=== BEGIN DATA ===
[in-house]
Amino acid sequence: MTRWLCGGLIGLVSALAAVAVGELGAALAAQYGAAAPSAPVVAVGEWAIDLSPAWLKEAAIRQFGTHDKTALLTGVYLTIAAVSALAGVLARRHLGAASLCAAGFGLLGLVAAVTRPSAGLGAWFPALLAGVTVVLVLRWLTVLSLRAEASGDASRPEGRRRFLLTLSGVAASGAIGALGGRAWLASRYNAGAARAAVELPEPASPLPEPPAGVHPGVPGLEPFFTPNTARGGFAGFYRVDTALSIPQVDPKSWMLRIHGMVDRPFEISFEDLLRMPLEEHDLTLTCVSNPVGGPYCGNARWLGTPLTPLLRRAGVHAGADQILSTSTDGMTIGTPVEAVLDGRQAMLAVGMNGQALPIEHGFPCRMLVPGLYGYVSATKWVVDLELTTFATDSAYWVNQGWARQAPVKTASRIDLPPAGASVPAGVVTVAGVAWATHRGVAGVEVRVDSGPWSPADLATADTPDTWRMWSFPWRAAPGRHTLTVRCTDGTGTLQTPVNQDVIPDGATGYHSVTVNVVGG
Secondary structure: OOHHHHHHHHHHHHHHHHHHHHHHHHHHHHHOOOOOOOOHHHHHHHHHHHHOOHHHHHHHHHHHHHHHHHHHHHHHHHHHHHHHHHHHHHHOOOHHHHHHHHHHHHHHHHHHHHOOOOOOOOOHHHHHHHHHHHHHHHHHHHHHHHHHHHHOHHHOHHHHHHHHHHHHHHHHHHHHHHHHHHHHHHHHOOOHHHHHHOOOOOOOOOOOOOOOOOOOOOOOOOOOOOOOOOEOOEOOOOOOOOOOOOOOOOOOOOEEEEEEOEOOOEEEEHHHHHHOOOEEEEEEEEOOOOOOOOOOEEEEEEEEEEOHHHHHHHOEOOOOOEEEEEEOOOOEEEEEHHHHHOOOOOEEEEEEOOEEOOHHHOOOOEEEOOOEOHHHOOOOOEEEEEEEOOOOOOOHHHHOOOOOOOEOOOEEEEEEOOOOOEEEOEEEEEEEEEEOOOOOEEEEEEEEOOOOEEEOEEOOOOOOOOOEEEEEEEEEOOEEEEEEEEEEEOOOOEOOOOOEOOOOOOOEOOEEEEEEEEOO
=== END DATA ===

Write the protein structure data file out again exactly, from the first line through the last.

[in-house]
Amino acid sequence: MTRWLCGGLIGLVSALAAVAVGELGAALAAQYGAAAPSAPVVAVGEWAIDLSPAWLKEAAIRQFGTHDKTALLTGVYLTIAAVSALAGVLARRHLGAASLCAAGFGLLGLVAAVTRPSAGLGAWFPALLAGVTVVLVLRWLTVLSLRAEASGDASRPEGRRRFLLTLSGVAASGAIGALGGRAWLASRYNAGAARAAVELPEPASPLPEPPAGVHPGVPGLEPFFTPNTARGGFAGFYRVDTALSIPQVDPKSWMLRIHGMVDRPFEISFEDLLRMPLEEHDLTLTCVSNPVGGPYCGNARWLGTPLTPLLRRAGVHAGADQILSTSTDGMTIGTPVEAVLDGRQAMLAVGMNGQALPIEHGFPCRMLVPGLYGYVSATKWVVDLELTTFATDSAYWVNQGWARQAPVKTASRIDLPPAGASVPAGVVTVAGVAWATHRGVAGVEVRVDSGPWSPADLATADTPDTWRMWSFPWRAAPGRHTLTVRCTDGTGTLQTPVNQDVIPDGATGYHSVTVNVVGG
Secondary structure: OOHHHHHHHHHHHHHHHHHHHHHHHHHHHHHOOOOOOOOHHHHHHHHHHHHOOHHHHHHHHHHHHHHHHHHHHHHHHHHHHHHHHHHHHHHOOOHHHHHHHHHHHHHHHHHHHHOOOOOOOOOHHHHHHHHHHHHHHHHHHHHHHHHHHHHOHHHOHHHHHHHHHHHHHHHHHHHHHHHHHHHHHHHHOOOHHHHHHOOOOOOOOOOOOOOOOOOOOOOOOOOOOOOOOOEOOEOOOOOOOOOOOOOOOOOOOOEEEEEEOEOOOEEEEHHHHHHOOOEEEEEEEEOOOOOOOOOOEEEEEEEEEEOHHHHHHHOEOOOOOEEEEEEOOOOEEEEEHHHHHOOOOOEEEEEEOOEEOOHHHOOOOEEEOOOEOHHHOOOOOEEEEEEEOOOOOOOHHHHOOOOOOOEOOOEEEEEEOOOOOEEEOEEEEEEEEEEOOOOOEEEEEEEEOOOOEEEOEEOOOOOOOOOEEEEEEEEEOOEEEEEEEEEEEOOOOEOOOOOEOOOOOOOEOOEEEEEEEEOO